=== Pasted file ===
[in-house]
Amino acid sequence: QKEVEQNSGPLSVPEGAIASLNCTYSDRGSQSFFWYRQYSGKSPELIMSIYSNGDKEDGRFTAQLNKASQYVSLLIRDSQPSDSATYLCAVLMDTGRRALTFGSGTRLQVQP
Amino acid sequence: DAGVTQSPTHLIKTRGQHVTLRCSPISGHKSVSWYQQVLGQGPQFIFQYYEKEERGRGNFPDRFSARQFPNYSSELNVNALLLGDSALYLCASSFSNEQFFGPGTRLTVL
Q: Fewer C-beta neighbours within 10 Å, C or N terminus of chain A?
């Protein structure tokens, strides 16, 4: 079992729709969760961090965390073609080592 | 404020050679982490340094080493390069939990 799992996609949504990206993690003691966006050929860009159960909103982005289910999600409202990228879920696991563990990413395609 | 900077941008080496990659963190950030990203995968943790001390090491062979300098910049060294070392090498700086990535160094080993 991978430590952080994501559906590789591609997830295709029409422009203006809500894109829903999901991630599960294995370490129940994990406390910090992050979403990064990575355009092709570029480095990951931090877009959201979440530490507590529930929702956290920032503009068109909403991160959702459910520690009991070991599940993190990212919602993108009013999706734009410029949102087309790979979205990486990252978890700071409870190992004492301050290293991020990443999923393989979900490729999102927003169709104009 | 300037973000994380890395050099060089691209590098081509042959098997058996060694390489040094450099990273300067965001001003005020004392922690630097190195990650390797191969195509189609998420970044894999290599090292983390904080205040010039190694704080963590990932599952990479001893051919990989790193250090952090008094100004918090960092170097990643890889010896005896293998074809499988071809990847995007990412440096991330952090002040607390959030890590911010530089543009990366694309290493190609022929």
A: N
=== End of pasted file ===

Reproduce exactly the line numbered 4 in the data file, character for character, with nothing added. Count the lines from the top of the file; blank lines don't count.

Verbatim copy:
Q: Fewer C-beta neighbours within 10 Å, C or N terminus of chain A?